East Hardwick, Featured, News

Stephens Joins Fire District Board

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by Cheryl Luther Michaels, Community Journalist

EAST HARDWICK – At the September 3 meeting of the East Hardwick Fire District No. 1 (EHFD), Eric Stephens joined the board as a new trustee and officers were elected for the 2023 – 2024 year. All officers agreed to continue their current roles: David O’Brien as chair, John Mandeville as treasurer and Gary Michaels as secretary. Randy Thompson will continue to oversee operations.

Financial reports and collections issues were reported monthly by Treasurer John Mandeville. Mandeville said that “collecting overdue water bills is a top priority.  Working with our new bookkeeper we pursued several households with water bills in arrears, some for as much as 10 years.”  Mandeville is addressing this by finding ways to assist those who can’t pay their water bills, such as the state Water Assistance Program, setting up payment plans and ultimately filing liens if payment is not made.

In September Mandeville reported that notices have been sent to three customers in arrears advising them that liens will be filed if payment is not received according to a previously agreed schedule.  “If these liens are not successful, these properties will be entered into the Hardwick annual tax sale next September as will any new major delinquencies that occur before next July 1,” Mandeville stated.

The district currently takes chlorine residual tests daily and takes monthly samplings for bacteriological testing. Thompson reported in July that the June problems had been resolved and the July bacterial report was good. In August possible E.coli was recorded at the springs and the state was asked to assess the condition. In September Ken Lacasse, the Hardwick Village water operator, attended the EHFD’s meeting and reported visiting the springs with a state contractor. Lacasse noted that surface water intrusion was the cause of the total coliform reading, not E.coli. To address this, the spring was shocked. The chlorine residuals from the daily tests have been good, meeting the state required level of 2.0 during the quarter. Thompson reported that on September 15, he met with Manosh Water Services of Morristown to review plans to repair the springs.

Regarding repairs, two curb stops were replaced on Cedar Street and a repair on River Street was completed this quarter.

During the July flood, the hill on School Street collapsed exposing a water line that serves two homes.  At first it was thought the homeowners would have to bear the cost of redirecting their service line and they were notified about the procedure to investigate FEMA support for this expense. When FEMA advised they would not pay homeowners for damage that was not on the homeowner’s property, it fell to the fire district to obtain the funding.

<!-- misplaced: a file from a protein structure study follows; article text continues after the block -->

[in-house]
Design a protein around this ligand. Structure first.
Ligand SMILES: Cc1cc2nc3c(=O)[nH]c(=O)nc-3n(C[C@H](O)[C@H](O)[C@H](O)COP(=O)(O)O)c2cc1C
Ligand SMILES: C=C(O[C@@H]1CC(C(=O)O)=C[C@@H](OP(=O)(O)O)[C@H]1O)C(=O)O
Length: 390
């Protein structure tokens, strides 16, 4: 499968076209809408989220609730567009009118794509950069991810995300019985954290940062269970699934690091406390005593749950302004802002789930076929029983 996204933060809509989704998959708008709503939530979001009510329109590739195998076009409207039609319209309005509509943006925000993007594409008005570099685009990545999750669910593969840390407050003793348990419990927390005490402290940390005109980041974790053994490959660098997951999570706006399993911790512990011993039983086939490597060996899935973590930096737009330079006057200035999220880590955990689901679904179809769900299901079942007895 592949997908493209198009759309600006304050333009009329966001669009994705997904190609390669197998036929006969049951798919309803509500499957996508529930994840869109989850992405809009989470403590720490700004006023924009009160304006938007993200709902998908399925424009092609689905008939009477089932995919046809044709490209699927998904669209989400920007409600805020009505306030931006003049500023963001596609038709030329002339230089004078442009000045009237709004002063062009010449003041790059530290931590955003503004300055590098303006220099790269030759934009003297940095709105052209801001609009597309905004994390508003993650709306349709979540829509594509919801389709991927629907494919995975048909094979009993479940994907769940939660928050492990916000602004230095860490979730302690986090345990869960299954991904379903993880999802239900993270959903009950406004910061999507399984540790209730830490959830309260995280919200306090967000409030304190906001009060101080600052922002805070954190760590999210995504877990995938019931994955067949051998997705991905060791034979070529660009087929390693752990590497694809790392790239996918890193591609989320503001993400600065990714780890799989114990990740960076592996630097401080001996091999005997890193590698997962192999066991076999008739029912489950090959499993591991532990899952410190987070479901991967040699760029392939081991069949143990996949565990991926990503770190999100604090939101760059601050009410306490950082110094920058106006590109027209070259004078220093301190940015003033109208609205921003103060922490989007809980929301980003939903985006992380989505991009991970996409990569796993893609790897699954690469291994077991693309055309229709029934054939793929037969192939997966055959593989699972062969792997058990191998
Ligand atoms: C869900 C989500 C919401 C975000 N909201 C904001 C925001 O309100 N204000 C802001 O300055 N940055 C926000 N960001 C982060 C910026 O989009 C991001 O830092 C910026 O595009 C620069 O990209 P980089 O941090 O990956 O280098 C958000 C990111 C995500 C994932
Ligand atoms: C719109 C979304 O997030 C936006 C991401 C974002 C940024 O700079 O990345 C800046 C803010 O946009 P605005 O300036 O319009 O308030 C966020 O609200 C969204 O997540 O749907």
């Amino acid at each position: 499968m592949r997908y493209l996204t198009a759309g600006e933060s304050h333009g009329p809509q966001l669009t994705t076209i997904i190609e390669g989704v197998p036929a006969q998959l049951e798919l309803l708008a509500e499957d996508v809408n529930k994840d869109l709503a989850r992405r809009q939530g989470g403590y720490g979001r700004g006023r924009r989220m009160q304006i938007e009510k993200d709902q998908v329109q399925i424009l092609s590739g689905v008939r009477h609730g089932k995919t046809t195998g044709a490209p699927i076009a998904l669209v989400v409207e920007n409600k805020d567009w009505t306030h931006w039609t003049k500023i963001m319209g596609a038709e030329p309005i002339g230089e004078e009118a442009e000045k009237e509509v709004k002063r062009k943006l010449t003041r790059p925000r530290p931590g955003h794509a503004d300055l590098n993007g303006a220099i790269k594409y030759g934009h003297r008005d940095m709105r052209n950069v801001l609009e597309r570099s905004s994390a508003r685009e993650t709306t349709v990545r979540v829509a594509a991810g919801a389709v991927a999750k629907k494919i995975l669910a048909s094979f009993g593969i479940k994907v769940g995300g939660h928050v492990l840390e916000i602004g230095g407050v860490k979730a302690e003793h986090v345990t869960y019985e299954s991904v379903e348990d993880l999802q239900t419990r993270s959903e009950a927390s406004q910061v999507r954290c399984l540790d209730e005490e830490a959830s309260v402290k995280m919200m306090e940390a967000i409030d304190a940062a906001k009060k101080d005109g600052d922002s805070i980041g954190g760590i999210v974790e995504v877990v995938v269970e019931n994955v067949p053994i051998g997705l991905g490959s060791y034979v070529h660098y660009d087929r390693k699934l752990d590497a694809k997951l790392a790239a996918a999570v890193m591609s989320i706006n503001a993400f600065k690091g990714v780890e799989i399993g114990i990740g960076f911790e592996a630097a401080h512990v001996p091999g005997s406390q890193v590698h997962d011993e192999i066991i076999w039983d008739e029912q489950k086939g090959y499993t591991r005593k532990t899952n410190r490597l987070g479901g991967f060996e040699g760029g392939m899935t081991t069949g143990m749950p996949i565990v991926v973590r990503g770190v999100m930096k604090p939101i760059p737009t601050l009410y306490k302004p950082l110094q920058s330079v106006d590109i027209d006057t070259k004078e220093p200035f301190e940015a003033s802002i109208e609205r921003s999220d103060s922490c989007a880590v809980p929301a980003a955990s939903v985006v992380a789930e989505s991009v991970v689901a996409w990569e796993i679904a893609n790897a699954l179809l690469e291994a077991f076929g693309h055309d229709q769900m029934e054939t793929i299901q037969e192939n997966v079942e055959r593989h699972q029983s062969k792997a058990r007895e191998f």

After a meeting with FEMA and the USDA, an onsite meeting with FEMA and phone calls with a consultant from the state, the fire district was determined to be eligible for public assistance funds from FEMA. The work has now been contracted out and is scheduled for October 28 to October 29. According to Michaels. “Even though there were a lot of steps involved, working with FEMA was smooth and uncomplicated.”

In other flood damage, a problem with blocks that were displaced below the bridge was identified and will need to be addressed before winter in order to prevent water lines from freezing. Town manager David Upon indicated this repair would be done along with other projects in East Hardwick. After the flood, a home on School Street was declared unstable. The home was moved and a new hook-up was connected. The fire district oversaw the work which was done by the plumber under contract to the district and paid for by D&L Market.

In September a special meeting was held with MSK Engineering to wrap-up the Lead/Copper Assessment Program. No changes were needed to meet the mandated federal requirements. The assessment was funded by a grant from the Vermont Department of Environmental Conservation.

In September, Gary Michaels reported that the Asset Management Program, which will develop a map, inventory, and technical evaluation of the water system, has been funded by a grant administered by the Vermont Agency of Natural Resources. According to Michaels, the program was kicked-off on October 20, with a meeting attended by Michaels, Thompson and Douglas Casavant of the EHFD, Elizabeth Emmons of the Dufresne Group and Franco Rossi of CAI technologies. Additionally, a leak detection survey has been offered to the fire district by the Vermont Agency of Natural Resources. Once the map is completed, that project can begin.

David O’Brian will represent the fire district in the East Hardwick Better Connections Village Planning Process to begin this winter.

The board meets in the Fellowship Room of the First Congregational Church on the first Tuesday of each month at 7 p.m. Minutes of meetings are available on the district’s web page at ehfd.mystrikingly.com/. Rate-payers are welcome to attend.

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